Thursday, March 25, 2004

Dear Sonda,

I am so sorry about the turmoil you find in yourself and your community! It strikes at places in me that are still sore.

In these days we expect the racism and bigotry we encounter to be at arms length: crotchety old men muttering in the Metro, hooded strangers around a barn in Pennsylvania, red-faced families hissing at people gathered to commit themselves in love. We do not expect to encounter such hate and ignorance in our own community among our friends and peers. We know these people, we care about things in common, we have similar stated goals and then BOOM a casual statement reveals a fundamental difference.

I've recently left an online community, which I was active in for four or five years, over circumstances similar to yours (though not the same). The main problem for me was not the acts/statements themselves but the rallying of the community to wave away or minimize the offensiveness of them. I could, and had, addressed the ignorance and offense in the statements as they occurred but the statements increased instead of decreasing. Would you not expect that the fallacy behind the statement having been pointed out the person would see the wrongness of the statement and change? Why would someone continue to spew lies and hurt when they knew that the basis was false? When people said they were hurt by the statements why would a person keep hurting them? Why did people in the community turn to the hurt people and tell them they should understand that the person meant no offense and to take offense where none is meant is petty? And why, why, didn't the bulk of people in the community speak up in love and correct the misunderstanding that everyone felt this way and anyone who spoke against it was just being "Politically Correct". Is their silence complicity?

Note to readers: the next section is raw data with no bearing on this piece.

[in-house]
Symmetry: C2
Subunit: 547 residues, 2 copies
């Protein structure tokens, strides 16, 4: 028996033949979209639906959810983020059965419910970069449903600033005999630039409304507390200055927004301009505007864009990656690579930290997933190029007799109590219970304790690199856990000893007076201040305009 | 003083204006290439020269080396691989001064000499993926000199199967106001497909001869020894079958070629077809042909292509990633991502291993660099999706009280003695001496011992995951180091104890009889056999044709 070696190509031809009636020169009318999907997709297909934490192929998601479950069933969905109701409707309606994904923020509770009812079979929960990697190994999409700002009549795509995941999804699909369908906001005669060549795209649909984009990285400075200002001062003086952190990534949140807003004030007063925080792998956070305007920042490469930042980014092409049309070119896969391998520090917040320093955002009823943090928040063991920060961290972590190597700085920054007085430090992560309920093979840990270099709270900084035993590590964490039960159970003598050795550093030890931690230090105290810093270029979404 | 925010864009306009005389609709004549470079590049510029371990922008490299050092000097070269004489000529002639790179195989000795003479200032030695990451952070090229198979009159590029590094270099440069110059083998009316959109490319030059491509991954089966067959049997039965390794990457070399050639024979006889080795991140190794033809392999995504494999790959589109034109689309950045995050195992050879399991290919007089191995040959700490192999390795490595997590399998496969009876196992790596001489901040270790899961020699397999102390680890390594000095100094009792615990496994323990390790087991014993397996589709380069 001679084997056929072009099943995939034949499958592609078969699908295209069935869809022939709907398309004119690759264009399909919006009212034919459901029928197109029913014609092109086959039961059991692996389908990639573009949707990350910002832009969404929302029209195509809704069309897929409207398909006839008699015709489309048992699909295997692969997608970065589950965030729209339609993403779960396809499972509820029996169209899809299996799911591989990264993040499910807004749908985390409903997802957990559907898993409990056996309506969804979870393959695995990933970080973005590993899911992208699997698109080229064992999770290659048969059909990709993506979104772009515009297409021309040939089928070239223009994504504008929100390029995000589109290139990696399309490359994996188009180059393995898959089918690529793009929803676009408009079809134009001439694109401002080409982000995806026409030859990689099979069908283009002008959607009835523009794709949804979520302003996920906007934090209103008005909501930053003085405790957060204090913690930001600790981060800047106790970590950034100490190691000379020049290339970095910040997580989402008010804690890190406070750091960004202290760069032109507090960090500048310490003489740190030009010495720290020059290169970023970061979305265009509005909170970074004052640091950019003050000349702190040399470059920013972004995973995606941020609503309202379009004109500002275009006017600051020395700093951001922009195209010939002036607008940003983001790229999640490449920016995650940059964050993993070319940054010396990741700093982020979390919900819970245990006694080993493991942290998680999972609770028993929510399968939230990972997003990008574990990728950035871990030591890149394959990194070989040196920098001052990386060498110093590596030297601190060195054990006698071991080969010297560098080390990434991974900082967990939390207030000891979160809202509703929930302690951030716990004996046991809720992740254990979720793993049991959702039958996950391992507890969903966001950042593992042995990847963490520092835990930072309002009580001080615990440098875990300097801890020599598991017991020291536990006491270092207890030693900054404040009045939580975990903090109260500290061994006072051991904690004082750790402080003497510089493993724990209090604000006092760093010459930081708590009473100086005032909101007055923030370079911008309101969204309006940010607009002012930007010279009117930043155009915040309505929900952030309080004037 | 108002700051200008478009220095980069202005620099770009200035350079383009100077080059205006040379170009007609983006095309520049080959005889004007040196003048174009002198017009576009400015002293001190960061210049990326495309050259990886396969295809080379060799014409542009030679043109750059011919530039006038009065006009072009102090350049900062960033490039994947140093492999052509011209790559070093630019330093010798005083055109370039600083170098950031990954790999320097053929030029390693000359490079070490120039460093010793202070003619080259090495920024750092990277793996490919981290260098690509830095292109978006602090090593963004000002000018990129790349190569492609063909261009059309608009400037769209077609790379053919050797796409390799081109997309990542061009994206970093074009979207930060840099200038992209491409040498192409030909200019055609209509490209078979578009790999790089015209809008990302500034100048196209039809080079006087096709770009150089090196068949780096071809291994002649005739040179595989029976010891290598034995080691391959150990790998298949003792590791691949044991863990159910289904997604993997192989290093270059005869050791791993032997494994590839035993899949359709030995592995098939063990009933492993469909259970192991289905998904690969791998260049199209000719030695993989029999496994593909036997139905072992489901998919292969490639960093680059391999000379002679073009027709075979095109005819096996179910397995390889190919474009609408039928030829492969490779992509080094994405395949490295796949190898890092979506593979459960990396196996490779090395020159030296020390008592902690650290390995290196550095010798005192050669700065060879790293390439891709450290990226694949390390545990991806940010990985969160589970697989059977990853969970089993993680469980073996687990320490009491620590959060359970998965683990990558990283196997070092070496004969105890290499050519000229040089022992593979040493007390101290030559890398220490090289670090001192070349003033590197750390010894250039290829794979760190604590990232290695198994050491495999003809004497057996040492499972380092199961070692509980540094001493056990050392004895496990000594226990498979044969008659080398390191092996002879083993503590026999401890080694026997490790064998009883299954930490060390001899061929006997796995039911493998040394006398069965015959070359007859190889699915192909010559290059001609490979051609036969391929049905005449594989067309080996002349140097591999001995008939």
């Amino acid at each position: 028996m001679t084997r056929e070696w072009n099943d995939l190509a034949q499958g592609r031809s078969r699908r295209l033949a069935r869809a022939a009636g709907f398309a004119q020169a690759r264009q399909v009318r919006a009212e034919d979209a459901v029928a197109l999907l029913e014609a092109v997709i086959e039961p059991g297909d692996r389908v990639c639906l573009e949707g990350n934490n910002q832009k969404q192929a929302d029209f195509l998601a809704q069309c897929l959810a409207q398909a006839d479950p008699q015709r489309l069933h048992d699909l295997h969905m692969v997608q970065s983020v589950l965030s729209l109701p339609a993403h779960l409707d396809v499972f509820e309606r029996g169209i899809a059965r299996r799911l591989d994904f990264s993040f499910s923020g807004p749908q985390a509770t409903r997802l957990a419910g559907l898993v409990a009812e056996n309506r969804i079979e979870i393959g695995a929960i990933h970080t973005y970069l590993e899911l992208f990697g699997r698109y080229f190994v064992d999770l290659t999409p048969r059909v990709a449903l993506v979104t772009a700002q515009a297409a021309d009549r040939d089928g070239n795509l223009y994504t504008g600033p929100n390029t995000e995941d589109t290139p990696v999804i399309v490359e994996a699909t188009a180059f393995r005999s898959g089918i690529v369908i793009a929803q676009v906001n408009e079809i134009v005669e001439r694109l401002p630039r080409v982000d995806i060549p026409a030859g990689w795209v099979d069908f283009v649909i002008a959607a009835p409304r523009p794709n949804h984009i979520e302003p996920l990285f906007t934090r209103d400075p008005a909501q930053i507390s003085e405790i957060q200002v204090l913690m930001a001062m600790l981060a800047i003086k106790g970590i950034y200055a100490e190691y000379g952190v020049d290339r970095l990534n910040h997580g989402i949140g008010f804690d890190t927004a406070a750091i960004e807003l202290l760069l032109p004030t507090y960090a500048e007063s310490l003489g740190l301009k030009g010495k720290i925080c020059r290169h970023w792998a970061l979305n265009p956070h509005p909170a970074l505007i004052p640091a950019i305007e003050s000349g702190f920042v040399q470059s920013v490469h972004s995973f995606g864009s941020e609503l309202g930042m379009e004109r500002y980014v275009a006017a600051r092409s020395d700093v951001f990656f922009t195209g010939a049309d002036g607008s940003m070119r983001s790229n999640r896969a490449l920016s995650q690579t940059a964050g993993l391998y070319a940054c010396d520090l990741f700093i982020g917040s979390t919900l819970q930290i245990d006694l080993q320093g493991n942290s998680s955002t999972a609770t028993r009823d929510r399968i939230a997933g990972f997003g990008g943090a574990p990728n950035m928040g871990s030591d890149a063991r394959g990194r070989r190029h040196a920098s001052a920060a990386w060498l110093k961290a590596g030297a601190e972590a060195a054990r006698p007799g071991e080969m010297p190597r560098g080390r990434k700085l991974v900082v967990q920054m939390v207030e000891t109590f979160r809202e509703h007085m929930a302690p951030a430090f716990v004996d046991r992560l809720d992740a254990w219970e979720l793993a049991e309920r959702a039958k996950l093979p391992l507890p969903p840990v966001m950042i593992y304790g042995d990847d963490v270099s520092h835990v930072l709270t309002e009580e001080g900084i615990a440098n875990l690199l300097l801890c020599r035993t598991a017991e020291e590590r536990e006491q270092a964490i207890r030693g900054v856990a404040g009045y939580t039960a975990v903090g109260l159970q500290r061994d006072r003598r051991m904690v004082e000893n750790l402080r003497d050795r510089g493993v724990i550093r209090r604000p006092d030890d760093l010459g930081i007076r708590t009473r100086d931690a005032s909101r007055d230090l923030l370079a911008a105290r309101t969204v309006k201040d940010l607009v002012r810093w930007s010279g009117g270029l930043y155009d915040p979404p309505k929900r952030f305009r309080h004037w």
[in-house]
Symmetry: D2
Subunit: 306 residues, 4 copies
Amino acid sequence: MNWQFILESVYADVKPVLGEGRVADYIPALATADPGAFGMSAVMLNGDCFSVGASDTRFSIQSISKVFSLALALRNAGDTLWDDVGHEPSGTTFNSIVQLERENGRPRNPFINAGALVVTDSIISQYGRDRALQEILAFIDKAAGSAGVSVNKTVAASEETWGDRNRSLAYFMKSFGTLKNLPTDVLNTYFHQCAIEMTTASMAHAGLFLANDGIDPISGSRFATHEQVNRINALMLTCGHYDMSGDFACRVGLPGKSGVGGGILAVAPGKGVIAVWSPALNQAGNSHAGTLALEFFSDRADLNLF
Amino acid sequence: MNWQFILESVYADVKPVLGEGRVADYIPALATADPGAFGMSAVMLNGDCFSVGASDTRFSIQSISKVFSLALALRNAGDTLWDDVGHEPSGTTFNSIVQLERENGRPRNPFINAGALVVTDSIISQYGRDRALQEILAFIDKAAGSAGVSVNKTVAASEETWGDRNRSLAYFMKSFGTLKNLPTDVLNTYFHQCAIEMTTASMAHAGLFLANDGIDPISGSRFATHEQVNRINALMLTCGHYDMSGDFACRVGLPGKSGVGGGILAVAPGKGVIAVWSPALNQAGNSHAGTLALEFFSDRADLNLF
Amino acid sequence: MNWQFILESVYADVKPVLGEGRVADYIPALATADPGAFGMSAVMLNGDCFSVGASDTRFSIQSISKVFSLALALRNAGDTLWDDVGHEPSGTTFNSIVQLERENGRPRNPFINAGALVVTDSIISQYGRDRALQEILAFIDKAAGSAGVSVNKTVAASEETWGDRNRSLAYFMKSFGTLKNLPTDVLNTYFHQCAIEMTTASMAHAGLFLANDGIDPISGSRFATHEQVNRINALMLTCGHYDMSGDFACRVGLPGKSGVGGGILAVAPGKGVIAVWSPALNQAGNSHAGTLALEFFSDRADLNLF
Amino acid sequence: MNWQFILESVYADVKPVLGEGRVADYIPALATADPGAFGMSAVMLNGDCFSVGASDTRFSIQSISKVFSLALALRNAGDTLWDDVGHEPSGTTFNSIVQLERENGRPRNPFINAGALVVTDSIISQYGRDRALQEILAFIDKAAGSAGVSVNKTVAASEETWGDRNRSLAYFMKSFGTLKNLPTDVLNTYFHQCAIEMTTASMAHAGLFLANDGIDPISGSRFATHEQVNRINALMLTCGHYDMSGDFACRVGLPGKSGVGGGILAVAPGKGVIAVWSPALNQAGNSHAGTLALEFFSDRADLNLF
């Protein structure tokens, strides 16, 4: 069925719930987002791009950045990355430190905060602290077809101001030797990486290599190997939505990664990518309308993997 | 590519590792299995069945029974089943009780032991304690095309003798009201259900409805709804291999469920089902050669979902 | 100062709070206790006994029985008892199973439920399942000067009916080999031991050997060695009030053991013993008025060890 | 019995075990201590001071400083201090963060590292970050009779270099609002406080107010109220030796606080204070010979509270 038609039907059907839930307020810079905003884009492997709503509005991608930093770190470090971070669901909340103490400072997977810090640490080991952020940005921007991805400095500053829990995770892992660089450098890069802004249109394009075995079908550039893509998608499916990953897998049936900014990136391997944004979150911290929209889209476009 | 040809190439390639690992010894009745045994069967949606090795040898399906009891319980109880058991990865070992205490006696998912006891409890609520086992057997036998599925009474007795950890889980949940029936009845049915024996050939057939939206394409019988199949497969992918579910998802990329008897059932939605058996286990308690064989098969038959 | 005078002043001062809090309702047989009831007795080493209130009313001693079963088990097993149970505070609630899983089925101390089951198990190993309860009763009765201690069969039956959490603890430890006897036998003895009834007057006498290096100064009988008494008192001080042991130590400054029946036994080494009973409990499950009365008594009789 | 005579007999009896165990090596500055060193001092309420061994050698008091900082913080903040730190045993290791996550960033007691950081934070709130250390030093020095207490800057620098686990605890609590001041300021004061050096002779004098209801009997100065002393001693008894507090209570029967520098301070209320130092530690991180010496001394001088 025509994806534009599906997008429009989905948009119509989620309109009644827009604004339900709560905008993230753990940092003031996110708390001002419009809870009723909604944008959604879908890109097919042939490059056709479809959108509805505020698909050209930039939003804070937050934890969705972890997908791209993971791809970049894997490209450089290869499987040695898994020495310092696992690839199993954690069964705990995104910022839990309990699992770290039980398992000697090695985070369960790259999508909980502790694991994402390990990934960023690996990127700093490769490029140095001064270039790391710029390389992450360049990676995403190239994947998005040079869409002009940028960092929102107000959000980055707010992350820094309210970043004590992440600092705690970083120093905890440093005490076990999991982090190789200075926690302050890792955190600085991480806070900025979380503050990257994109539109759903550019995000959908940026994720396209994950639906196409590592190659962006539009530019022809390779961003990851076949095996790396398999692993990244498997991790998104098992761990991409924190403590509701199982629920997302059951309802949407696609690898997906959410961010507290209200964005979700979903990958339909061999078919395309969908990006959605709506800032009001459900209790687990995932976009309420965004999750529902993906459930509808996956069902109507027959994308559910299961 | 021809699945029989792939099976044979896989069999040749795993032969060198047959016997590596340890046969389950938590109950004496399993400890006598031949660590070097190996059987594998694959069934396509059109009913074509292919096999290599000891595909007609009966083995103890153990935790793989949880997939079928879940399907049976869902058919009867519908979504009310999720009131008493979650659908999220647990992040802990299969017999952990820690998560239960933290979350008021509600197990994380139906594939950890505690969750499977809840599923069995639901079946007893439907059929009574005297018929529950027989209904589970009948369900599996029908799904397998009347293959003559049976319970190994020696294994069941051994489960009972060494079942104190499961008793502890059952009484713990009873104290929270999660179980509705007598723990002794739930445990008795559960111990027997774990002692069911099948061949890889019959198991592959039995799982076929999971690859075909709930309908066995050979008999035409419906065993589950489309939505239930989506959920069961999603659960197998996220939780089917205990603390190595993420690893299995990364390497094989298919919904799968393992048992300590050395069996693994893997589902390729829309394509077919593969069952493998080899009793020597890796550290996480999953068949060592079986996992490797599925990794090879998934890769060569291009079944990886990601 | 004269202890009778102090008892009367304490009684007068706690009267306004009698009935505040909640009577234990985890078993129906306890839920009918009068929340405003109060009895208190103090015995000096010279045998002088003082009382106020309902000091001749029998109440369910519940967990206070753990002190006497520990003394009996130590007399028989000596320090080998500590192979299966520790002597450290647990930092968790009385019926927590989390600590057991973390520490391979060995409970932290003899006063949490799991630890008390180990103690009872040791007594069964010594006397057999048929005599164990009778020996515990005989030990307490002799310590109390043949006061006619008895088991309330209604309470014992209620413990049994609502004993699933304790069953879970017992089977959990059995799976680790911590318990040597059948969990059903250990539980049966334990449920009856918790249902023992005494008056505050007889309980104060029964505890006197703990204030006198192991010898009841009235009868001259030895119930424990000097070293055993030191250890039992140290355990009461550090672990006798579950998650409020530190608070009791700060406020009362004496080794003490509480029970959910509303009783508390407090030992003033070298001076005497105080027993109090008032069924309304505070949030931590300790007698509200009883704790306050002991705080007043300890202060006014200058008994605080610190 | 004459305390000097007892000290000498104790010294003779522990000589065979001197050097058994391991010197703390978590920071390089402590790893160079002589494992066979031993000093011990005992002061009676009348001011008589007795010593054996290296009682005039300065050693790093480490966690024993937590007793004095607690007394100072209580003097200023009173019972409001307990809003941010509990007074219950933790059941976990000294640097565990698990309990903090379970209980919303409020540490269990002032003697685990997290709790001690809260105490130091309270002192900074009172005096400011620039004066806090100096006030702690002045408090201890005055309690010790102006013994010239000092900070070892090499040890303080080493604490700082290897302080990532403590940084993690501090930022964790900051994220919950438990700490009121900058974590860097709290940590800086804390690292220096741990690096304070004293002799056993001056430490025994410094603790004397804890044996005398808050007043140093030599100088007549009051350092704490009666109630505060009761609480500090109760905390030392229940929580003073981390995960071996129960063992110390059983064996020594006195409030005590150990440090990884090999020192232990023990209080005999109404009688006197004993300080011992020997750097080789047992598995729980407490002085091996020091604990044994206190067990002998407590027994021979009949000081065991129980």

I couldn't stay there, even though I knew I would miss some of them terribly. I couldn't be quiet and yet my speaking up was causing strife and division and deep anger in me. It may be that I am cowardly and a stronger woman would have stayed and insisted on justice and love. I did what I had to do for my own well being. I was becoming less than an equal part of the community; I felt like the enforcer or a one tone bell.

Oh Sonda, I have no answers for you. I have no answers for me. It grieves me.

What can we do that is healing and turns the mind and heart? We talk, we live in community, we love, and we celebrate the good that we encounter. In my teaching days we called that positive reinforcement and used it instead of rewarding negative acts with attention. We can send flowers to random couples waiting to get married at City Hall in San Francisco; saying that we might not know them but we support their love and commitment and their right to marriage. We can back people up when they speak against bigotry of any kind. It does not matter that we are not part of the maligned group, what hurts one, hurts us all and if any of us are not equal then we are none of us equal.

Let us know how you are.